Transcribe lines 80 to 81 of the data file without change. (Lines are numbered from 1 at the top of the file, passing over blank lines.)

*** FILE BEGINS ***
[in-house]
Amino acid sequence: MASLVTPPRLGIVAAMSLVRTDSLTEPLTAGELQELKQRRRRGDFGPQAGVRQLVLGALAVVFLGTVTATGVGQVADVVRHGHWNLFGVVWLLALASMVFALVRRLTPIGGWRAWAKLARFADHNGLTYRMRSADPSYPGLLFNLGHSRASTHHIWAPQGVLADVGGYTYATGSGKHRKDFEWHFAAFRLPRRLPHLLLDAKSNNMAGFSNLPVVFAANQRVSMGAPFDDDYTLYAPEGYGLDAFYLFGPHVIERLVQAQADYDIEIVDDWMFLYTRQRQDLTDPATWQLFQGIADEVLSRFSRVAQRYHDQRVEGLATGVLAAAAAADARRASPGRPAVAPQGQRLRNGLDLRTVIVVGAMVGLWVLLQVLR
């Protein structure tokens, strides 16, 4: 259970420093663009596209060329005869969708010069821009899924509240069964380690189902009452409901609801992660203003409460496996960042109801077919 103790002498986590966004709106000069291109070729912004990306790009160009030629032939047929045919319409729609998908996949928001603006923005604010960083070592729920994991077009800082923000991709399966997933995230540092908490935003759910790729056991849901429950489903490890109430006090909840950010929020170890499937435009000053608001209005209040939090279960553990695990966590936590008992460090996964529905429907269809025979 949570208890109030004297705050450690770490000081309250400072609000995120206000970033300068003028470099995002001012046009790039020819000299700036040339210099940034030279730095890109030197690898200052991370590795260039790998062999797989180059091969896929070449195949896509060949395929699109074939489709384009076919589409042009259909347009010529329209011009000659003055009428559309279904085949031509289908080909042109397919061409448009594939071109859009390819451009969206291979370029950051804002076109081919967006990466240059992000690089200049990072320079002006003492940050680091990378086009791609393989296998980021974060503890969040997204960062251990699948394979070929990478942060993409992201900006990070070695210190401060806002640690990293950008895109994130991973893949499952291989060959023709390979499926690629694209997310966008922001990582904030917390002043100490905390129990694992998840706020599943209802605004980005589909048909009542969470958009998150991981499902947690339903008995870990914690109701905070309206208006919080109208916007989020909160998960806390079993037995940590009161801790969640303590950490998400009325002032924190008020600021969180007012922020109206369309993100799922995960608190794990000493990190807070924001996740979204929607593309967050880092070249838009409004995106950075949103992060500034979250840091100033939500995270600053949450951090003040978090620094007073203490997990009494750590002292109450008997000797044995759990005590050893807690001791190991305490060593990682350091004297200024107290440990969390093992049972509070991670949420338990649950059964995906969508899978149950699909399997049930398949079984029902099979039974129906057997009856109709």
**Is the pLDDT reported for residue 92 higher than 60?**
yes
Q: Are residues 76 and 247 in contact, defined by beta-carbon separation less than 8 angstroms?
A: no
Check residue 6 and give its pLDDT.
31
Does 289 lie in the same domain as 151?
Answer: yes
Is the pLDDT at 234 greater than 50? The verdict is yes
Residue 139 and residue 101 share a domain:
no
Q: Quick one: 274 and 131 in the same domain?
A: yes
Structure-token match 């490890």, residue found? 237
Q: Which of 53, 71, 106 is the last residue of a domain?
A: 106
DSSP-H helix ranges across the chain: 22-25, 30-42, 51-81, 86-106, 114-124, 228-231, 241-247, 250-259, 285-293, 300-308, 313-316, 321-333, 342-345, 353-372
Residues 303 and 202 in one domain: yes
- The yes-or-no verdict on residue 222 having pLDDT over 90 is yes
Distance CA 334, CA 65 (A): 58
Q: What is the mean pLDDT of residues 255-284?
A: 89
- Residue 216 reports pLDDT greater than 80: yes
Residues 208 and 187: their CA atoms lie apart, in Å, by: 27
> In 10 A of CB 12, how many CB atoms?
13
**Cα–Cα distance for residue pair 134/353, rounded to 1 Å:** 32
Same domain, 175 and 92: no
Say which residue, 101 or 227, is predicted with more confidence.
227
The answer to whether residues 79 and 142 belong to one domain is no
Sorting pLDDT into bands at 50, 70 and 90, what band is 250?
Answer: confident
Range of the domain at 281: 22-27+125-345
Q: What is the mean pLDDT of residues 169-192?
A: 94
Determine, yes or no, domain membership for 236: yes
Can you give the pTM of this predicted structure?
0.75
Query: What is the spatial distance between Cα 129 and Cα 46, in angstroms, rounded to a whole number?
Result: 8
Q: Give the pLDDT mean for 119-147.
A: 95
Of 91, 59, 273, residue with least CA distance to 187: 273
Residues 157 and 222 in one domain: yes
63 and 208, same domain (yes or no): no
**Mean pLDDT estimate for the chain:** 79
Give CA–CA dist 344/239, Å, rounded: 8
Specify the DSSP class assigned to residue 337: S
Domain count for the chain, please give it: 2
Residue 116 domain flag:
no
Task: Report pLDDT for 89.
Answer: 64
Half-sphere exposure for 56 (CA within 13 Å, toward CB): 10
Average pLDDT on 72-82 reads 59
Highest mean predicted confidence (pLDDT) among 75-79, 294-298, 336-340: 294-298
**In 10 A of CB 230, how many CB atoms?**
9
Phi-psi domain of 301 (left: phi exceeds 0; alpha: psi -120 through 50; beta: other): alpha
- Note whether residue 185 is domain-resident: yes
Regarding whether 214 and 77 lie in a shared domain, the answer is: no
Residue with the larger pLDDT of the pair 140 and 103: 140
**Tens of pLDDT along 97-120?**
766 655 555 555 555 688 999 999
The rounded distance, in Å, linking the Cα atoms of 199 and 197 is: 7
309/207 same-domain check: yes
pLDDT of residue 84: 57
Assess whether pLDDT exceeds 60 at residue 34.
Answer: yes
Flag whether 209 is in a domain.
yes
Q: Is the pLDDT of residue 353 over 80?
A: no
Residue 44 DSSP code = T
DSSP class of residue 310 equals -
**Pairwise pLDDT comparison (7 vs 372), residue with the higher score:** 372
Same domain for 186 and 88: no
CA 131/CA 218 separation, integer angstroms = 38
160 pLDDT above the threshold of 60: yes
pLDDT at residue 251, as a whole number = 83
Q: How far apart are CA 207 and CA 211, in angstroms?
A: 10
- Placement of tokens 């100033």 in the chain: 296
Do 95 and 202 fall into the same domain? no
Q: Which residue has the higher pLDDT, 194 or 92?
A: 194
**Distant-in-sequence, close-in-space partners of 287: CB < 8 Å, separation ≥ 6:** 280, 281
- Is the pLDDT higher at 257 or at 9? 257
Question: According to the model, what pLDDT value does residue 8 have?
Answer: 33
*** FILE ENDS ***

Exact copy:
**Pairwise pLDDT comparison (7 vs 372), residue with the higher score:** 372
Same domain for 186 and 88: no